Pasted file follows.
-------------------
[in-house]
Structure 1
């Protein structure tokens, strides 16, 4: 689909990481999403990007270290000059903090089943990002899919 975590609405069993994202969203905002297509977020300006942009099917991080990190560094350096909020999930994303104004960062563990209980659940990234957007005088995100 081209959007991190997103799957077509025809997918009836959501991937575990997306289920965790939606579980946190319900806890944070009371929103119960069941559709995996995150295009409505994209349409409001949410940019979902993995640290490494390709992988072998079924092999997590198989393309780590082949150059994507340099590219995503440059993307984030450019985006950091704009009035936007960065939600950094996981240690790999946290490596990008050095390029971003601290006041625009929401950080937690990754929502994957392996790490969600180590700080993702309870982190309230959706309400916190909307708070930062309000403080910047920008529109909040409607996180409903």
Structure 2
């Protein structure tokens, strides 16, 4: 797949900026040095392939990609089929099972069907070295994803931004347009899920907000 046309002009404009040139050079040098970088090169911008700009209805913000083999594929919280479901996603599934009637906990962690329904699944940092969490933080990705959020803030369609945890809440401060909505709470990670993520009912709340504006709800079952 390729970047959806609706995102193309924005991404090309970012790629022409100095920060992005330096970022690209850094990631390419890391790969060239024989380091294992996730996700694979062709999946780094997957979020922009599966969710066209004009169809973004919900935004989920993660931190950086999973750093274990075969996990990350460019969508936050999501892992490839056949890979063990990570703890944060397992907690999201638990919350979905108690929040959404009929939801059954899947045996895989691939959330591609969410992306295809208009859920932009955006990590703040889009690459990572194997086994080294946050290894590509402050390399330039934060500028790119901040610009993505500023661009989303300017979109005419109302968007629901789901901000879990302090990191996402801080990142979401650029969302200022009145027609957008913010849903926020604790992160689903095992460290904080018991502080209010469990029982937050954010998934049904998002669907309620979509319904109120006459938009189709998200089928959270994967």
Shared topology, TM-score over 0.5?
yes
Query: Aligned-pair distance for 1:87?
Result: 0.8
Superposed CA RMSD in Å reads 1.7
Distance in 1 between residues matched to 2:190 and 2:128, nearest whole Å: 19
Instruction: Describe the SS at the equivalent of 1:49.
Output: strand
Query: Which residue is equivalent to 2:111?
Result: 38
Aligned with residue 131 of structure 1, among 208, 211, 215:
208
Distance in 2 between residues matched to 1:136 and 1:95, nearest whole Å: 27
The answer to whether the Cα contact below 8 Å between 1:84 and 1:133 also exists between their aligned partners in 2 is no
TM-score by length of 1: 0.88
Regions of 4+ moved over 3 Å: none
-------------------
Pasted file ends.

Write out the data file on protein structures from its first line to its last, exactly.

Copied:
[in-house]
Structure 1
């Protein structure tokens, strides 16, 4: 689909990481999403990007270290000059903090089943990002899919 975590609405069993994202969203905002297509977020300006942009099917991080990190560094350096909020999930994303104004960062563990209980659940990234957007005088995100 081209959007991190997103799957077509025809997918009836959501991937575990997306289920965790939606579980946190319900806890944070009371929103119960069941559709995996995150295009409505994209349409409001949410940019979902993995640290490494390709992988072998079924092999997590198989393309780590082949150059994507340099590219995503440059993307984030450019985006950091704009009035936007960065939600950094996981240690790999946290490596990008050095390029971003601290006041625009929401950080937690990754929502994957392996790490969600180590700080993702309870982190309230959706309400916190909307708070930062309000403080910047920008529109909040409607996180409903």
Structure 2
């Protein structure tokens, strides 16, 4: 797949900026040095392939990609089929099972069907070295994803931004347009899920907000 046309002009404009040139050079040098970088090169911008700009209805913000083999594929919280479901996603599934009637906990962690329904699944940092969490933080990705959020803030369609945890809440401060909505709470990670993520009912709340504006709800079952 390729970047959806609706995102193309924005991404090309970012790629022409100095920060992005330096970022690209850094990631390419890391790969060239024989380091294992996730996700694979062709999946780094997957979020922009599966969710066209004009169809973004919900935004989920993660931190950086999973750093274990075969996990990350460019969508936050999501892992490839056949890979063990990570703890944060397992907690999201638990919350979905108690929040959404009929939801059954899947045996895989691939959330591609969410992306295809208009859920932009955006990590703040889009690459990572194997086994080294946050290894590509402050390399330039934060500028790119901040610009993505500023661009989303300017979109005419109302968007629901789901901000879990302090990191996402801080990142979401650029969302200022009145027609957008913010849903926020604790992160689903095992460290904080018991502080209010469990029982937050954010998934049904998002669907309620979509319904109120006459938009189709998200089928959270994967």
Shared topology, TM-score over 0.5?
yes
Query: Aligned-pair distance for 1:87?
Result: 0.8
Superposed CA RMSD in Å reads 1.7
Distance in 1 between residues matched to 2:190 and 2:128, nearest whole Å: 19
Instruction: Describe the SS at the equivalent of 1:49.
Output: strand
Query: Which residue is equivalent to 2:111?
Result: 38
Aligned with residue 131 of structure 1, among 208, 211, 215:
208
Distance in 2 between residues matched to 1:136 and 1:95, nearest whole Å: 27
The answer to whether the Cα contact below 8 Å between 1:84 and 1:133 also exists between their aligned partners in 2 is no
TM-score by length of 1: 0.88
Regions of 4+ moved over 3 Å: none